Do players on the PUP list count against the 65-man roster and do they count against the 53-man roster? If they don't, then the combined PUP list and NFL exemptions put the Pats under the 65-man roster as of 8/29.If I'm not mistaken, in the past you explained that the Patriots have up to 6-weeks to declare players on the PUP list either ready for active roster or moved to the IR and lost for the season (or released); and that players have up to 3-weeks after being declared ready to get into game shape.Also, what is the rule on NFI players like Miller? At what point does he count against the roster?
Boston, Mass. *
The players currently on PUP are on active/PUP and count against the roster limit. If they are moved to reserve/PUP, they will not count, but the player will be ineligible for the first six weeks of the regular season. After Week 6, the player then has 3 weeks to begin practicing and 3 weeks from the day he begins practicing before a decision on his status must be made. He can be activated, moved to IR or remain on reserve PUP (which would exclude him for the rest of the season). Players on NFI are subject to the same procedures as PUP. But Miller was released Tuesday, although I suspect he could be back soon.
Are you surprised that troy brown got hurt? I'm not - we all praise BB for his immense knowledge but didn't he see this coming? You have a 13-year veteran playing offense, defense and special teams - he was bound to hurt something. Why is Brown even playing nickel back? What happened to the regular corners? Didn't Samuel play that last year? Didn't we bring back TBUCK? They don't know how to play nickel back? Why are they even on the team? I don't want to sound like a conspiracy nut but something doesn't add up. I'm not buying what BB is selling (for once).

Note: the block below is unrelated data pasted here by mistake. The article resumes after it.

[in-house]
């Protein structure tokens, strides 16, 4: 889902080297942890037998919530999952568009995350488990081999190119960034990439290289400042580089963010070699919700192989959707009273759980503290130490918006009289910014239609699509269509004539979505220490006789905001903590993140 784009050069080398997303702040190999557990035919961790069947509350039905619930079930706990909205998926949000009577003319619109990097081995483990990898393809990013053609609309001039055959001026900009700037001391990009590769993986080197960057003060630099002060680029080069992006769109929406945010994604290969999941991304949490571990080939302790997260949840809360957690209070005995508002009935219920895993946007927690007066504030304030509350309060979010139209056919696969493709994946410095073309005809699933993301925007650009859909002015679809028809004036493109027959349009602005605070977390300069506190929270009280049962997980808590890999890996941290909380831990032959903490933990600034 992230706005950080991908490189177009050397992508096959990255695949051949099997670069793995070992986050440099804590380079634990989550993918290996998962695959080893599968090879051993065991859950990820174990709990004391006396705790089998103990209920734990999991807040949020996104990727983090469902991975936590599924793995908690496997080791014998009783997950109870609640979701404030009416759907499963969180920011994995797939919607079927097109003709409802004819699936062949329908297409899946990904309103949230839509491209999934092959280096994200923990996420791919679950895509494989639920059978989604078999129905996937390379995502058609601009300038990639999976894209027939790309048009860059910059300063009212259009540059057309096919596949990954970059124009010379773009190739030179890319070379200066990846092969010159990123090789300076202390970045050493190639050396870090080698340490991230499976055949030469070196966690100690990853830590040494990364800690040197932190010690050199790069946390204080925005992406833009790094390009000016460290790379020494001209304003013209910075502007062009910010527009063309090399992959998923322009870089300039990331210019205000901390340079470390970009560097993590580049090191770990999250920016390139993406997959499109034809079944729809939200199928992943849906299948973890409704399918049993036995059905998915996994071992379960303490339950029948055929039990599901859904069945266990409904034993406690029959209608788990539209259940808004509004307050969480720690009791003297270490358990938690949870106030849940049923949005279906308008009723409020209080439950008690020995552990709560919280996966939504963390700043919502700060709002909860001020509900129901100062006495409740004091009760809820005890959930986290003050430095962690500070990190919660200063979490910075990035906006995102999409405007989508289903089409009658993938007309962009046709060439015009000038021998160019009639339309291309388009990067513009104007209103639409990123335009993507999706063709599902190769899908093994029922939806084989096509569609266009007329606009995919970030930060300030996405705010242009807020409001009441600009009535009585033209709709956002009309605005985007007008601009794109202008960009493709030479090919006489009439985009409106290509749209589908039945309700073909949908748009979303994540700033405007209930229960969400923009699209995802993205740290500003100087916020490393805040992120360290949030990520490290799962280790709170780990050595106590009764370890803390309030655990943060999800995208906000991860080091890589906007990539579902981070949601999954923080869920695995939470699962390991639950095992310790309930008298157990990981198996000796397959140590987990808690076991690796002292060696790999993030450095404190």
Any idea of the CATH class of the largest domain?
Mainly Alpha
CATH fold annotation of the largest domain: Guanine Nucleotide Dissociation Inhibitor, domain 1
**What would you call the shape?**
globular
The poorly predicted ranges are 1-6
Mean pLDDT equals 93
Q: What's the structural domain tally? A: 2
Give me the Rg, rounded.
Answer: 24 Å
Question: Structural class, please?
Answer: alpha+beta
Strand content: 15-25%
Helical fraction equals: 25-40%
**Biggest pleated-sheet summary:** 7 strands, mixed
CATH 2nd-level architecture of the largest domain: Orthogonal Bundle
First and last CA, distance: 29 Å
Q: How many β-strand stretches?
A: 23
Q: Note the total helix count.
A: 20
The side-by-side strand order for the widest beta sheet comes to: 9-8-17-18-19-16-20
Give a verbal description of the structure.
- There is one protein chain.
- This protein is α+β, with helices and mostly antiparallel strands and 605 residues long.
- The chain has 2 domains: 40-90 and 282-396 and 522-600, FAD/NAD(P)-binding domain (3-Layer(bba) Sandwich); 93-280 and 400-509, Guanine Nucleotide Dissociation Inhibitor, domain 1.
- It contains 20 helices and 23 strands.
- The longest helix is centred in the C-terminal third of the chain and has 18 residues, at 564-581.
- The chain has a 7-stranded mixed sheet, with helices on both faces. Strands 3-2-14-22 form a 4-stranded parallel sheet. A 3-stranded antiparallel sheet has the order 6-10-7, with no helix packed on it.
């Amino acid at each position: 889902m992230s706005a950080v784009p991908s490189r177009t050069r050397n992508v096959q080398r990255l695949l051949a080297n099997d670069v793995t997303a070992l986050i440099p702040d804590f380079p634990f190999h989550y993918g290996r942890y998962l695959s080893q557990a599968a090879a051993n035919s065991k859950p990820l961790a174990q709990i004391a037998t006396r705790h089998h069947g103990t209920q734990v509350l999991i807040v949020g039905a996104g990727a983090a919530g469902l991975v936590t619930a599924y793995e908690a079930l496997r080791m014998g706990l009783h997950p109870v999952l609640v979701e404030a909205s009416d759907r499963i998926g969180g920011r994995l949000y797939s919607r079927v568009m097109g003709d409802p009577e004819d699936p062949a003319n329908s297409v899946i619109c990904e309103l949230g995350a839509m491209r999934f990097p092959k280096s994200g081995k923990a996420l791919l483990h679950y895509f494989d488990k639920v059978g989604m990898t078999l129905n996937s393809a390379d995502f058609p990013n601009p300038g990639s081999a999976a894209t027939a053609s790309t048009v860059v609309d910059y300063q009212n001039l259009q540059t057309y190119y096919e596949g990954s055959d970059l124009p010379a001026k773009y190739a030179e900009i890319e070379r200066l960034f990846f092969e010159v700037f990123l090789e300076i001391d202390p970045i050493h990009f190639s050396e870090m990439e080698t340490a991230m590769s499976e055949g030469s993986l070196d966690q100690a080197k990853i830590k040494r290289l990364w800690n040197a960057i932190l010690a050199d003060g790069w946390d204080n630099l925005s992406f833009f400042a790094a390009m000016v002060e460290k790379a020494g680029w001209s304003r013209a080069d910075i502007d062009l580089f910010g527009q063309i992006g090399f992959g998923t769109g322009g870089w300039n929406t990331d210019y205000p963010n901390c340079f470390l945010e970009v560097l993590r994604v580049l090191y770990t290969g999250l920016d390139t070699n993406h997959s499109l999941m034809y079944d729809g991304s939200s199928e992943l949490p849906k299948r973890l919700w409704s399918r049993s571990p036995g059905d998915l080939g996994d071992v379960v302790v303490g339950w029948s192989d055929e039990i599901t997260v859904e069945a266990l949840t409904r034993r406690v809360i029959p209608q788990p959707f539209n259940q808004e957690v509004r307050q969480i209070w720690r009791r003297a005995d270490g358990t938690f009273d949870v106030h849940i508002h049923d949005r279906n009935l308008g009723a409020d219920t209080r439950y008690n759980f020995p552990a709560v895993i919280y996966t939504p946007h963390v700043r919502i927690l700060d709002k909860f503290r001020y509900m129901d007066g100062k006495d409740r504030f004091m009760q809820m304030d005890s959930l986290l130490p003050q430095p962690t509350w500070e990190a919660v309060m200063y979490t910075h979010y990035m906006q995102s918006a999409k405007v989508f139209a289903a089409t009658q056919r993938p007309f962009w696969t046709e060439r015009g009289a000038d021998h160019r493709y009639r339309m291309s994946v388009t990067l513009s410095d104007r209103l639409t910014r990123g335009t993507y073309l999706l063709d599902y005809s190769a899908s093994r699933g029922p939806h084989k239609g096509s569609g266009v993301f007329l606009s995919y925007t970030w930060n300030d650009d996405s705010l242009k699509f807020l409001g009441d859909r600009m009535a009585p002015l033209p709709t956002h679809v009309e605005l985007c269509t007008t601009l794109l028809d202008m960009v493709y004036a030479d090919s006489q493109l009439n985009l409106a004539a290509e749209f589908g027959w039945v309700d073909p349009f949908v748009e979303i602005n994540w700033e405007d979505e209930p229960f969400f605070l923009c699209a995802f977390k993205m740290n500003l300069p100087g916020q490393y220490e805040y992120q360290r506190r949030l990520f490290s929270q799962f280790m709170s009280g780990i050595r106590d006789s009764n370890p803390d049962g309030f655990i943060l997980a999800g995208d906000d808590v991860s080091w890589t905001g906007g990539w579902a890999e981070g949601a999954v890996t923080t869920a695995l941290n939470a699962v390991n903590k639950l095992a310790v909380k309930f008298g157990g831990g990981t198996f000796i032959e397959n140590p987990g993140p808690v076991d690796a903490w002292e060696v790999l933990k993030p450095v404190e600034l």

Mike, Bill has said that Troy's preseason play as a slot corner is to prepare for an emergency. What else could it be? He's not going to play Troy at corner over Samuel or Buckley. You would have a gripe if Brown got hurt playing defense or even if his injury appeared to be because of fatigue, but didn't he do it getting crushed returning a punt – a job he always handles? I don't think there is any conspiracy here.
HOW IS RANDALL GAY PROGESSING WITH THE PRO GAME AND HOW IS HE DOING IN CAMP?
Roger P. Breaux Jr.
Virginia Beach, Va.
Randall was off to a solid start to camp before being bitten by the injury bug. He missed a bunch of time and that set him back. He's done little since. I think he could be a prime practice squad candidate.